When Can Children Start Drinking Juice?

As a new parent you may be wondering, When can I start offering juice to my child? Here we will explore the debates about children drinking juice and offer some guidelines.

Your child will go through so many new developments through the course of her first year. As a new parent, you may find yourself scouring books and online resources trying to find out if your child's constant drooling is normal or if her poop is the wrong color. You may have tons of questions like when to expect her first tooth or when she can start eating solids. One question many parents find themselves asking is when their child can start to drink juice along with her formula or breastmilk. Before delving into the specifics of appropriate times for juice and amounts of juice, we will explore the opinions of nutritionists concerning children and juice, in general.

Perhaps not as intense as the debate of breastmilk versus formula, the debate over whether to allow a child to partake in fruit drinks and juices is also quite controversial. Many nutritional experts suggest that formula or breastmilk be the primary liquid for the first year of a child's life. The reason for this is that while fresh and natural fruit juice gives the illusion of being nutritious, it contains too much concentrated sugar for children to process. Some side effects of drinking too much juice include tooth decay, obesity and low bone density. Tooth decay can occur when parents allow a child to drink juice out of a bottle throughout the day, causing the sugar from the juice to settle on a child's teeth and promoting cavities and decay. Obesity can also be a problem when children drink too many empty and sugary calories, as found in juice. Low bone density can also be a problem since juices do not contain Vitamin D, unlike formula and breastmilk, which helps a child's body absorb the calcium it needs to strengthen growing bones.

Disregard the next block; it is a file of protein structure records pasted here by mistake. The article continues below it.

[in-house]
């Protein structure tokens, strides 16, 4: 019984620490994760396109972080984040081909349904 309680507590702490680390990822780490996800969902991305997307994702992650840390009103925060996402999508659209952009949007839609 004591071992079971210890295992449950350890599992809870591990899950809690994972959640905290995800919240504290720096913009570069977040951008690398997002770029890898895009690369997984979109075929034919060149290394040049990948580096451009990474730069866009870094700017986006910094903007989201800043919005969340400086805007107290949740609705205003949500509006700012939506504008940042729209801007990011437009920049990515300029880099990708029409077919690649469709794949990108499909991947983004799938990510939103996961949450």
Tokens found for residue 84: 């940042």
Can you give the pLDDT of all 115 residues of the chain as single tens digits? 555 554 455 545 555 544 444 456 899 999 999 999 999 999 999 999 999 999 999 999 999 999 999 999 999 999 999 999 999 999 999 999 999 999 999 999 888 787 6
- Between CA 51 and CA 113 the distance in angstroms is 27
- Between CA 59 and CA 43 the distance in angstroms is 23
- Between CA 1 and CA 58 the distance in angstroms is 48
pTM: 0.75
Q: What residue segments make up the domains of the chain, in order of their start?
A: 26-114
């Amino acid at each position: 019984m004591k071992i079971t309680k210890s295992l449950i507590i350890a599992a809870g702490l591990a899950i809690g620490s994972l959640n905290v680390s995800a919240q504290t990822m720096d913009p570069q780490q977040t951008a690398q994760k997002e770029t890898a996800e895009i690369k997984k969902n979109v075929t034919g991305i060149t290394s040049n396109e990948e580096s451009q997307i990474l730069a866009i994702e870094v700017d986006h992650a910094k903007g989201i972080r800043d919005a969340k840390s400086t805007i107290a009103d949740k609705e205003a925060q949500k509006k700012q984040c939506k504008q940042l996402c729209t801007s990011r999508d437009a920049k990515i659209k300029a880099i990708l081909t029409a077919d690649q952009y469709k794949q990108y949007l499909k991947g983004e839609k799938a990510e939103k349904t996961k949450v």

With all that being said, it is not necessary to forbid your children from enjoying fruit juices. They key, however, is moderation. Nutritionists suggest that if you choose to offer juice to your child, it should be 100% juice, as opposed to juices from concentrate. These juices will give your children some form of nutrients unlike other drinks that are simply flavored with the taste of fruit. Be sure to avoid juices that may not be pasteurized, like apple cider, because this can cause your child to get sick from bacteria. As a general rule of thumb, children should not be allowed to drink any form of juice until they are able to drink from a cup that they can hold on their own, usually after a child is six months old. If your child is under a year of age, you may want to dilute her juice with water, only allowing her to drink a small bit. Children that are between the ages of one to six years old are generally allowed up to six ounces of juice each day, while children that are over the age of seven can have a bit more. Again, remember moderation is the key here. If at all possible, substitute your child's juice intake with a fresh piece of fruit that will offer more nutrients and less sugar.



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